10. School Stability—Key Provisions • Children and youth experiencing homelessness can stay in their school of origin or enroll in any public school that students living in the same attendance area are eligible to attend, according to their best interest • School of origin—school attended when permanently housed or in which last enrolled • Best interest—keep homeless students in their schools of origin, to the extent feasible, unless this is against the parents’ or guardians’ wishes NCHE • • NAEHCY •

  11. Feasibility—USDE Sample Criteria • Continuity of instruction • Age of the child or youth • Safety of the child or youth • Length of stay at the shelter • Likely area where family will find permanent housing • Student’s need for special instructional programs • Impact of commute on education • School placement of siblings • Time remaining in the school year NCHE • • NAEHCY •

  12. School Selection—Key Provisions • Students can stay in their school of origin the entire time they are homeless, and until the end of any academic year in which they move into permanent housing • If a student becomes homeless in between academic years, he or she may continue in the school of origin for the following academic year • If a student is sent to a school other than that requested by a parent or guardian, the district must provide a written explanation to the parent or guardian of its decision and the right to appeal NCHE • • NAEHCY •

  13. Research on School Mobility • Students who switch schools frequently score lower on standardized tests; study found mobile students scored 20 points lower than non-mobile students • Mobility also hurts non-mobile students; study found average test scores for non-mobile students were significantly lower in high schools with high student mobility rates • It takes children an average of 4-6 months to recover academically after changing schools NCHE • • NAEHCY •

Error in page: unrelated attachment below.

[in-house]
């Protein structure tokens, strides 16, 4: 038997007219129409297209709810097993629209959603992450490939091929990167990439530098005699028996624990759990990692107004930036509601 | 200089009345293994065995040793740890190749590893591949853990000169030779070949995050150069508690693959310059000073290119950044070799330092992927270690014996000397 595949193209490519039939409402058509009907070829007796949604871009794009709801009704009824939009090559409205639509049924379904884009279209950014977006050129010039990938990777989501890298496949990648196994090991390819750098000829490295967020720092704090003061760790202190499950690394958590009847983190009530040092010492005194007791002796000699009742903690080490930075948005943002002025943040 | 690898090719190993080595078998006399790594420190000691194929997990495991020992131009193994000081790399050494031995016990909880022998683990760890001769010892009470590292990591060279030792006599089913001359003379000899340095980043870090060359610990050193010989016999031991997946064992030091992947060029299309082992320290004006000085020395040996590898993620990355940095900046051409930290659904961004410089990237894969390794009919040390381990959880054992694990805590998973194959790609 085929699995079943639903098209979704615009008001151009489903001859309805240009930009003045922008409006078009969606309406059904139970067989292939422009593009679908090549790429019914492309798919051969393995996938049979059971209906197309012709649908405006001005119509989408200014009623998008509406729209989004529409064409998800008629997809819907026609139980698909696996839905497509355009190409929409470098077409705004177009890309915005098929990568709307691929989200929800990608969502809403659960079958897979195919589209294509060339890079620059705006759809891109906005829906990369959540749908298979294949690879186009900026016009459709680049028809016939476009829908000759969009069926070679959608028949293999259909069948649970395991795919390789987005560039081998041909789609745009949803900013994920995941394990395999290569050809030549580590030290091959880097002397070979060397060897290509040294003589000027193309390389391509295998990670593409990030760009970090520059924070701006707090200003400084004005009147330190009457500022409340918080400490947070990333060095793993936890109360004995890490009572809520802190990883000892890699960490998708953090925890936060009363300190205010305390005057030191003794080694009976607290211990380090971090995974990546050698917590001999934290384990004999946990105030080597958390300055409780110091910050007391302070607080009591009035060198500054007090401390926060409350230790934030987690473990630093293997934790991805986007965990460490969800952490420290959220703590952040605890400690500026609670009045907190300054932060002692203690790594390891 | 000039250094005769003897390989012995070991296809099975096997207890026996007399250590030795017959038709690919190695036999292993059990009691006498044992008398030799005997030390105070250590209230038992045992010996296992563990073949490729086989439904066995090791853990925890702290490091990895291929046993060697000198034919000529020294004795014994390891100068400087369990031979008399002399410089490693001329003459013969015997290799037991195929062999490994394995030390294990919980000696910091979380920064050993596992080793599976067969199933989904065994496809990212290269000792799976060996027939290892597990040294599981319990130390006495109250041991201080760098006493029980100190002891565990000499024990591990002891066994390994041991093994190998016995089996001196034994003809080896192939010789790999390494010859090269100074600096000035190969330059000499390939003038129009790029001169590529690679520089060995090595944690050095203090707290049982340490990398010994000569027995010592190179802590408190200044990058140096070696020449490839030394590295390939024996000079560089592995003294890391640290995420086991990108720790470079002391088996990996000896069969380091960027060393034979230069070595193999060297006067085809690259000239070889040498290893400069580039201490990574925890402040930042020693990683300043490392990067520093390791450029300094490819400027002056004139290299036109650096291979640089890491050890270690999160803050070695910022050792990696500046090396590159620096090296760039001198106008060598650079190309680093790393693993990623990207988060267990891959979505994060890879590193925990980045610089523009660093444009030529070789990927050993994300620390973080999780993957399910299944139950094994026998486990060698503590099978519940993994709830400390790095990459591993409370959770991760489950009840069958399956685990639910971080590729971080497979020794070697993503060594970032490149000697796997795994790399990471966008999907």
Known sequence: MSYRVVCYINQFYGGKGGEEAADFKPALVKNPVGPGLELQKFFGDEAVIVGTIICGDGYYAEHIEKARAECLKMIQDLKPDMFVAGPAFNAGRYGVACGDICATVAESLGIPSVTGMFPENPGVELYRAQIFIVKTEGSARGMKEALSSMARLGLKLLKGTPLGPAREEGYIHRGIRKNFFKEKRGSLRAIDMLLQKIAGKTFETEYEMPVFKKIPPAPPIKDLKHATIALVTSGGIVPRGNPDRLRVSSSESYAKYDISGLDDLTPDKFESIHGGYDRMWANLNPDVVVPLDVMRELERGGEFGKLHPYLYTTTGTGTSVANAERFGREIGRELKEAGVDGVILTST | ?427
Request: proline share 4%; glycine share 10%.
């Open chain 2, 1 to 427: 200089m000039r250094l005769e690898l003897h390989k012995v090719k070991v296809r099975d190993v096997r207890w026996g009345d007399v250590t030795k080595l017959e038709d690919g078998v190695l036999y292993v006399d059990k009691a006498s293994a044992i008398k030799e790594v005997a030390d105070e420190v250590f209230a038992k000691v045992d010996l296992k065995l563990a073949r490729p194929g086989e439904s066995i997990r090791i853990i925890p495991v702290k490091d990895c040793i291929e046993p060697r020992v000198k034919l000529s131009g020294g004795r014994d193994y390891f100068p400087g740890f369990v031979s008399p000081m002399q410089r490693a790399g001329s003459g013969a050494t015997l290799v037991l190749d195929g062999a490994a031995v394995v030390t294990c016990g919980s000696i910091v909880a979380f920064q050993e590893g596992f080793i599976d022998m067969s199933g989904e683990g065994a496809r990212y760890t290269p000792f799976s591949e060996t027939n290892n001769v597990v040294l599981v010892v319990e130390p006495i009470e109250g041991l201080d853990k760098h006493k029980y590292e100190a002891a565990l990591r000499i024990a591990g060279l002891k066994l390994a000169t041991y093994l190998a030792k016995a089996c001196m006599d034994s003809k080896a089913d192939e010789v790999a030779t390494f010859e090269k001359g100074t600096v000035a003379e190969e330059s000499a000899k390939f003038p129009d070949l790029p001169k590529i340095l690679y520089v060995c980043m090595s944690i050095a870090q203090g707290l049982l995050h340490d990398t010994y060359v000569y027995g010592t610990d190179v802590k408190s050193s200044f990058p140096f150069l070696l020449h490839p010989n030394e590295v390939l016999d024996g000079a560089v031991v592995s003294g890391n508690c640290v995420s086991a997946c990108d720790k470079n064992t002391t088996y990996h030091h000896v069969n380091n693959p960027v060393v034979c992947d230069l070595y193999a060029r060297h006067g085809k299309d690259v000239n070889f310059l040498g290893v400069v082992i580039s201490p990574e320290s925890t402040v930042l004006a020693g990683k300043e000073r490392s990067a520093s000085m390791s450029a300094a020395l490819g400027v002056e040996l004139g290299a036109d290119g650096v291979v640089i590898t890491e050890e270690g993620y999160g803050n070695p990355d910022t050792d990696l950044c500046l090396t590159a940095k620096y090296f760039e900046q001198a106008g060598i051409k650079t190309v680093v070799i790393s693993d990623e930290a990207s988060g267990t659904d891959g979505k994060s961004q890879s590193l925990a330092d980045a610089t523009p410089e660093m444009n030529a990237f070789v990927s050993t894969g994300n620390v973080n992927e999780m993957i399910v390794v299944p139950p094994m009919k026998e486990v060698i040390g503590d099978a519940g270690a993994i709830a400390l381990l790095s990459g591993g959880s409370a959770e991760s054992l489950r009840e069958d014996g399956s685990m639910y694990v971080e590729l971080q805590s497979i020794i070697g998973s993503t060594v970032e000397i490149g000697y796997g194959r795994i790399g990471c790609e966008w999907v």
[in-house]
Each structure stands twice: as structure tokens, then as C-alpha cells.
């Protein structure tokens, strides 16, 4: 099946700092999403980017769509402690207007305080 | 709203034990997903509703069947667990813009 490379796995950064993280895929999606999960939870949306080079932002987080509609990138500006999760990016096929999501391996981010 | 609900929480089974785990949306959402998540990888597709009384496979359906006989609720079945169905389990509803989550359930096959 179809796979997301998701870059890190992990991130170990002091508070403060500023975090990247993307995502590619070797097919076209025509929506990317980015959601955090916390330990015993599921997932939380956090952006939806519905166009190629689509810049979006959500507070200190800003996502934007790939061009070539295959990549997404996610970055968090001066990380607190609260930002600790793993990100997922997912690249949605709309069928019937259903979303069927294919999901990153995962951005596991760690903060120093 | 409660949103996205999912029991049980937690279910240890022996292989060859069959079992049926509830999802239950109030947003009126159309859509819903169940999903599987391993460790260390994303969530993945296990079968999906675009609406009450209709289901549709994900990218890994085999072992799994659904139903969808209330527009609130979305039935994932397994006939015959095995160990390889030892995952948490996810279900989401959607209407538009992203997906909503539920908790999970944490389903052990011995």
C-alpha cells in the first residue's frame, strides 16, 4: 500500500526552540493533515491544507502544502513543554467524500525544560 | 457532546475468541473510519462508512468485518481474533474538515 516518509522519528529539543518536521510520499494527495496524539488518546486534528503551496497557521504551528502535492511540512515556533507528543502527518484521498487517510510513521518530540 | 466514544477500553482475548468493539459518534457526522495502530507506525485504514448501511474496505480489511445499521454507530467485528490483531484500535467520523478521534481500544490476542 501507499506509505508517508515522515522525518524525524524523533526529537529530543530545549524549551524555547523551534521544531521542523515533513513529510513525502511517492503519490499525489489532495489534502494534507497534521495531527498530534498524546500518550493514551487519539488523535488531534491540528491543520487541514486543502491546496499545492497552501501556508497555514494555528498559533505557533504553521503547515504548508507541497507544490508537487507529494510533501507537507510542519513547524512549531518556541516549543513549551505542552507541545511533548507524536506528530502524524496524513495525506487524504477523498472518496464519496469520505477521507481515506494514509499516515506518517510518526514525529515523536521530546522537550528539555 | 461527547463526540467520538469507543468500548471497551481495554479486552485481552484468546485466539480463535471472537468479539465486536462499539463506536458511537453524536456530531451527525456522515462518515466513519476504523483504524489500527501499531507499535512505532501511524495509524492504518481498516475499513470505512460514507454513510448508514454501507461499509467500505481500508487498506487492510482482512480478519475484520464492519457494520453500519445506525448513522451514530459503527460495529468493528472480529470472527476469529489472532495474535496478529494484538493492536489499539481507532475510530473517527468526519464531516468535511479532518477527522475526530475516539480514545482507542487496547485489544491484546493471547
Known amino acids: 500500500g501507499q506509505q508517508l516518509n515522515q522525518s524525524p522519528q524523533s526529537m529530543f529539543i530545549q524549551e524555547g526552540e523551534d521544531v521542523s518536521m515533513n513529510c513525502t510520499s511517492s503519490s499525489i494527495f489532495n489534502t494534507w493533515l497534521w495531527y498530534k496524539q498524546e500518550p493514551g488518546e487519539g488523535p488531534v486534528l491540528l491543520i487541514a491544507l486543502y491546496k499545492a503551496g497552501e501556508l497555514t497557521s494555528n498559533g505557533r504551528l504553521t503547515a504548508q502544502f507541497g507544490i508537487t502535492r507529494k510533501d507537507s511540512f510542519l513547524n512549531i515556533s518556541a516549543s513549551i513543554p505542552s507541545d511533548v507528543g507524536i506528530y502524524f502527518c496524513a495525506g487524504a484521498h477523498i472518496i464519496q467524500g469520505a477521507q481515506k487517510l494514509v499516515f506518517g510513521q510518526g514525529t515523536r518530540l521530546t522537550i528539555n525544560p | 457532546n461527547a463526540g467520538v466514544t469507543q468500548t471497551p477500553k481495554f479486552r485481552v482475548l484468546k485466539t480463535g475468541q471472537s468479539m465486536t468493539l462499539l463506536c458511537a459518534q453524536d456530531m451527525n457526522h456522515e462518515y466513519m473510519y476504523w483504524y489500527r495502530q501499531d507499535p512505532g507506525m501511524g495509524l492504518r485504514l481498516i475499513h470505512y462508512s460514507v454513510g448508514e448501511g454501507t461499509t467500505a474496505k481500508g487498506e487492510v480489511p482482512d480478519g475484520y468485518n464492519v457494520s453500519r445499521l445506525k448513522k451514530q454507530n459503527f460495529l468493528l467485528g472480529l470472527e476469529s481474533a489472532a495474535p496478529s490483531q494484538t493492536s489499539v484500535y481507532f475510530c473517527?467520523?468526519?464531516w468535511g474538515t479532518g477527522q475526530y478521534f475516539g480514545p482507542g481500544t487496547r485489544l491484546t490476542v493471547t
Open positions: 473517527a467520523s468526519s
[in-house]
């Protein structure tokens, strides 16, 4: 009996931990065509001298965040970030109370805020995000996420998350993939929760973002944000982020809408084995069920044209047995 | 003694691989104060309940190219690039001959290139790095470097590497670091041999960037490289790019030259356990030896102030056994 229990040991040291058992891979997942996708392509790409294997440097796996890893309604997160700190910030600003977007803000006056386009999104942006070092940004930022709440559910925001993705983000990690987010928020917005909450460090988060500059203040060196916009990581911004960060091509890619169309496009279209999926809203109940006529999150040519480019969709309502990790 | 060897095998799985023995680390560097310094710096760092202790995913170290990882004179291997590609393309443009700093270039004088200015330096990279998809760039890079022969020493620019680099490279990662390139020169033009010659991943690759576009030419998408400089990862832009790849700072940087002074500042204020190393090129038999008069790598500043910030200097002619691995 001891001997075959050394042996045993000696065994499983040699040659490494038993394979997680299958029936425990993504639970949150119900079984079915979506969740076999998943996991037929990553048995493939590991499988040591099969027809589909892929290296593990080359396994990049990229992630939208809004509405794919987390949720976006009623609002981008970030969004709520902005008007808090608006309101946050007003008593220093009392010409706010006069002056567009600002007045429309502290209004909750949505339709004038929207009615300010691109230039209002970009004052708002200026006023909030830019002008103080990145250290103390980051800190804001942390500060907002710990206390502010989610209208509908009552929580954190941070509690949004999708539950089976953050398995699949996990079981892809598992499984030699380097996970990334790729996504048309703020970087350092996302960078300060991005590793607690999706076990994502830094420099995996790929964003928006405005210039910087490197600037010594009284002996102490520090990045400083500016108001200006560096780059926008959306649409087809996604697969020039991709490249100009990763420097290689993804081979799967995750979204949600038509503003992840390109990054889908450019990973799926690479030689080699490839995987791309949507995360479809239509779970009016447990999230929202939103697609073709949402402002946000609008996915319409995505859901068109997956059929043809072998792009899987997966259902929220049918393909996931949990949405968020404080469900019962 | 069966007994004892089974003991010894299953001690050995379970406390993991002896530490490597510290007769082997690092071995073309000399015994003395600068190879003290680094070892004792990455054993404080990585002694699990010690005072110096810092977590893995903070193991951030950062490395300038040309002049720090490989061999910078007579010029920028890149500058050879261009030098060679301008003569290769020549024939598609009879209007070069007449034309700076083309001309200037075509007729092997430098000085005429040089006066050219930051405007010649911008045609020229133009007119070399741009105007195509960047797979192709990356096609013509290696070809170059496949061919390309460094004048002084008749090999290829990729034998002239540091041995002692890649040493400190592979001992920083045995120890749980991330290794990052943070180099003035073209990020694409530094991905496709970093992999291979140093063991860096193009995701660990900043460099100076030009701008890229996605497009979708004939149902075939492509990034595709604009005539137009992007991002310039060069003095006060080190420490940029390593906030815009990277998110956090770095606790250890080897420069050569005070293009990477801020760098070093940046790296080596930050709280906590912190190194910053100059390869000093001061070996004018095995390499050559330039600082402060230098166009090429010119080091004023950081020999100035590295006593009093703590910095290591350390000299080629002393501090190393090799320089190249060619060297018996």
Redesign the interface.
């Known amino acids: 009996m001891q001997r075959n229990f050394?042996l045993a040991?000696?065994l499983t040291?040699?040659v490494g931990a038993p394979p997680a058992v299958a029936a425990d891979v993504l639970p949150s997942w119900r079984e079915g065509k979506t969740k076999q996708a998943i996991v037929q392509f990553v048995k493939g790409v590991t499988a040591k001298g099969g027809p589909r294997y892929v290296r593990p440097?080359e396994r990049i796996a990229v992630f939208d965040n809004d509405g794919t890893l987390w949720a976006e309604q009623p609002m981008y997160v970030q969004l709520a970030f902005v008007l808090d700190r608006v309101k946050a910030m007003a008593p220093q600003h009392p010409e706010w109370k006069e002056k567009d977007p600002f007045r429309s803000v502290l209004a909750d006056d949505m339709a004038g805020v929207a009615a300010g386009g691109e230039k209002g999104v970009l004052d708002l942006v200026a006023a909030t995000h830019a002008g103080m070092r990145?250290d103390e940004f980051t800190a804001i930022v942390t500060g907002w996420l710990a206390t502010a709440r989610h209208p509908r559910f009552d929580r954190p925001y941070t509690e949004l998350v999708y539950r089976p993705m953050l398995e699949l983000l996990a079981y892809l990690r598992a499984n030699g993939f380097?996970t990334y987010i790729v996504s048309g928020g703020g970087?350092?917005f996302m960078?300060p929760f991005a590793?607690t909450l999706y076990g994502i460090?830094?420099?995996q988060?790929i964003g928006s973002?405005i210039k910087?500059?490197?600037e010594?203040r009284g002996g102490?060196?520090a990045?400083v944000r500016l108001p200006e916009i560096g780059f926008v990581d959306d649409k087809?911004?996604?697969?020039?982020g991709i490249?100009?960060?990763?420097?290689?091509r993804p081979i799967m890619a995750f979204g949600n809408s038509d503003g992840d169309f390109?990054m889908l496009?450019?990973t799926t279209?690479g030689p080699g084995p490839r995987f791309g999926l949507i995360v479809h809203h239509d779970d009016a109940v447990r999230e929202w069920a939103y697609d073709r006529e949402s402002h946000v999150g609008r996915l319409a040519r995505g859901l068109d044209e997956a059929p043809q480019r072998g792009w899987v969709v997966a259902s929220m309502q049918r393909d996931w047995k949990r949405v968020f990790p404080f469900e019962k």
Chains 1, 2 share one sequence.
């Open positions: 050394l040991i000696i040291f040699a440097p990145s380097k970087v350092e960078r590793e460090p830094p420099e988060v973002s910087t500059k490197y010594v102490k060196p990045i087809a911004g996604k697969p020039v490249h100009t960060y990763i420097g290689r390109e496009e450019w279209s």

14. Research onSchool Mobility (cont.) • Students suffer psychologically, socially, and academically from mobility; mobile students are less likely to participate in extracurricular activities and more likely to act out or get into trouble • Mobility during high school greatly diminishes the likelihood of graduation; study found students who changed high schools even once were less than half as likely as stable students to graduate, even controlling for other factors NCHE • • NAEHCY •

  15. Transportation—Key Provisions • LEAs must provide students experiencing homelessness with transportation to and from their school of origin, at a parent’s or guardian’s request (or at the liaisons request for unaccompanied youth) • If the student’s temporary residence and the school of origin are in the same LEA, that LEA must provide or arrange transportation; if the student is living outside of the school of origin’s LEA, the LEA where the student is living and the school of origin’s LEA must determine how to divide the responsibility and share the cost, or they must share the cost equally NCHE • • NAEHCY •

  16. Enrollment—Key Provisions • Children and youth in homeless situations can stay in their school of origin for the duration of a school year, or enroll in any public school that students living in the same attendance area are eligible to attend. Homeless students may be overflowed to another school if there is no room at their neighborhood school. • The terms “enroll” and “enrollment” include attending classes and participating fully in school activities NCHE • • NAEHCY •